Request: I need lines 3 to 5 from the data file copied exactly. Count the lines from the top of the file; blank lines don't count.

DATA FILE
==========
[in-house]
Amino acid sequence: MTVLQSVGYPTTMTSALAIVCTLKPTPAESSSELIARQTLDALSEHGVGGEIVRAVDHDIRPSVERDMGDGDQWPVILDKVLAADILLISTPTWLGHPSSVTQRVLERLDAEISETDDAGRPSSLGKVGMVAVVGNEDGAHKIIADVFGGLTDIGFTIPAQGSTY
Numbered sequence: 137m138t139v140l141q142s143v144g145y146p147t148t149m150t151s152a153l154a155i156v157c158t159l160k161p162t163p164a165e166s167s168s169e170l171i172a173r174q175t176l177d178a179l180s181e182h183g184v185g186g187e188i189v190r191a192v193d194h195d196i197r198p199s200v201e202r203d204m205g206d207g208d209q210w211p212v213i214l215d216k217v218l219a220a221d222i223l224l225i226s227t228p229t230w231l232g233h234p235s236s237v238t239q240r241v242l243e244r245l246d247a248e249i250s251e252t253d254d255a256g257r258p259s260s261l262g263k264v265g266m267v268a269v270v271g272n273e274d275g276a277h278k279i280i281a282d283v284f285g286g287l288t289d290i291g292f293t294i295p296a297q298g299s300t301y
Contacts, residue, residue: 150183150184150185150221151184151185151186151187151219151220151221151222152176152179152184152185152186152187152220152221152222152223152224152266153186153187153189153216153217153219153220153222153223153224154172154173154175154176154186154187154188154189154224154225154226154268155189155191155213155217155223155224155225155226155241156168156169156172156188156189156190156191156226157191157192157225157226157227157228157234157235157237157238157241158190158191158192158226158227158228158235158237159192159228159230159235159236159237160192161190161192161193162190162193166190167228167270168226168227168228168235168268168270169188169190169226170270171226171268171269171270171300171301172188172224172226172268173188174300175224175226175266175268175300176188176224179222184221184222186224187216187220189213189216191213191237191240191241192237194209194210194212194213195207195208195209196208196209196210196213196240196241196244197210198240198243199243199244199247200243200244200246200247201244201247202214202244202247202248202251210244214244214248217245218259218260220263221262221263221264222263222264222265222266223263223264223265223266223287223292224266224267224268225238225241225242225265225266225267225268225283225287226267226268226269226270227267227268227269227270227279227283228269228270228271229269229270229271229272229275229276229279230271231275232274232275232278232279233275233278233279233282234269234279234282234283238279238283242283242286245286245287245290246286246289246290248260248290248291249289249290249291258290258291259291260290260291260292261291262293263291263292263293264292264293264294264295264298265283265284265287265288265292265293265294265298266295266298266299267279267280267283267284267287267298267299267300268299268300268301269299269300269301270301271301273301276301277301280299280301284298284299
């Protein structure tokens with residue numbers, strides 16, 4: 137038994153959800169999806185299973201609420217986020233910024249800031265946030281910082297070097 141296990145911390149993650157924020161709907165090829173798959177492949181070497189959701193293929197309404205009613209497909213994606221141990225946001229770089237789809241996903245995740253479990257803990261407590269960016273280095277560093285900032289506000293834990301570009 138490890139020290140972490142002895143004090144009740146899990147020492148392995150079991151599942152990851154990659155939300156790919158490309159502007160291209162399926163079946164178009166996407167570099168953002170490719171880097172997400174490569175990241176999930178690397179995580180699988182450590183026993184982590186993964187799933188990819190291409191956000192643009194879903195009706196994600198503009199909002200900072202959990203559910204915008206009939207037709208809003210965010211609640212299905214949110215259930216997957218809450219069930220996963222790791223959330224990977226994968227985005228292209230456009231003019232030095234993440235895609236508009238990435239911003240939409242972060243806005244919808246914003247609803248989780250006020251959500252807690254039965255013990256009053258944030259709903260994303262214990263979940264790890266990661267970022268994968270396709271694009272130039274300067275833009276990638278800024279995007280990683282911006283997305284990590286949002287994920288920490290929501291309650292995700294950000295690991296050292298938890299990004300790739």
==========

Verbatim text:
Numbered sequence: 137m138t139v140l141q142s143v144g145y146p147t148t149m150t151s152a153l154a155i156v157c158t159l160k161p162t163p164a165e166s167s168s169e170l171i172a173r174q175t176l177d178a179l180s181e182h183g184v185g186g187e188i189v190r191a192v193d194h195d196i197r198p199s200v201e202r203d204m205g206d207g208d209q210w211p212v213i214l215d216k217v218l219a220a221d222i223l224l225i226s227t228p229t230w231l232g233h234p235s236s237v238t239q240r241v242l243e244r245l246d247a248e249i250s251e252t253d254d255a256g257r258p259s260s261l262g263k264v265g266m267v268a269v270v271g272n273e274d275g276a277h278k279i280i281a282d283v284f285g286g287l288t289d290i291g292f293t294i295p296a297q298g299s300t301y
Contacts, residue, residue: 150183150184150185150221151184151185151186151187151219151220151221151222152176152179152184152185152186152187152220152221152222152223152224152266153186153187153189153216153217153219153220153222153223153224154172154173154175154176154186154187154188154189154224154225154226154268155189155191155213155217155223155224155225155226155241156168156169156172156188156189156190156191156226157191157192157225157226157227157228157234157235157237157238157241158190158191158192158226158227158228158235158237159192159228159230159235159236159237160192161190161192161193162190162193166190167228167270168226168227168228168235168268168270169188169190169226170270171226171268171269171270171300171301172188172224172226172268173188174300175224175226175266175268175300176188176224179222184221184222186224187216187220189213189216191213191237191240191241192237194209194210194212194213195207195208195209196208196209196210196213196240196241196244197210198240198243199243199244199247200243200244200246200247201244201247202214202244202247202248202251210244214244214248217245218259218260220263221262221263221264222263222264222265222266223263223264223265223266223287223292224266224267224268225238225241225242225265225266225267225268225283225287226267226268226269226270227267227268227269227270227279227283228269228270228271229269229270229271229272229275229276229279230271231275232274232275232278232279233275233278233279233282234269234279234282234283238279238283242283242286245286245287245290246286246289246290248260248290248291249289249290249291258290258291259291260290260291260292261291262293263291263292263293264292264293264294264295264298265283265284265287265288265292265293265294265298266295266298266299267279267280267283267284267287267298267299267300268299268300268301269299269300269301270301271301273301276301277301280299280301284298284299
């Protein structure tokens with residue numbers, strides 16, 4: 137038994153959800169999806185299973201609420217986020233910024249800031265946030281910082297070097 141296990145911390149993650157924020161709907165090829173798959177492949181070497189959701193293929197309404205009613209497909213994606221141990225946001229770089237789809241996903245995740253479990257803990261407590269960016273280095277560093285900032289506000293834990301570009 138490890139020290140972490142002895143004090144009740146899990147020492148392995150079991151599942152990851154990659155939300156790919158490309159502007160291209162399926163079946164178009166996407167570099168953002170490719171880097172997400174490569175990241176999930178690397179995580180699988182450590183026993184982590186993964187799933188990819190291409191956000192643009194879903195009706196994600198503009199909002200900072202959990203559910204915008206009939207037709208809003210965010211609640212299905214949110215259930216997957218809450219069930220996963222790791223959330224990977226994968227985005228292209230456009231003019232030095234993440235895609236508009238990435239911003240939409242972060243806005244919808246914003247609803248989780250006020251959500252807690254039965255013990256009053258944030259709903260994303262214990263979940264790890266990661267970022268994968270396709271694009272130039274300067275833009276990638278800024279995007280990683282911006283997305284990590286949002287994920288920490290929501291309650292995700294950000295690991296050292298938890299990004300790739």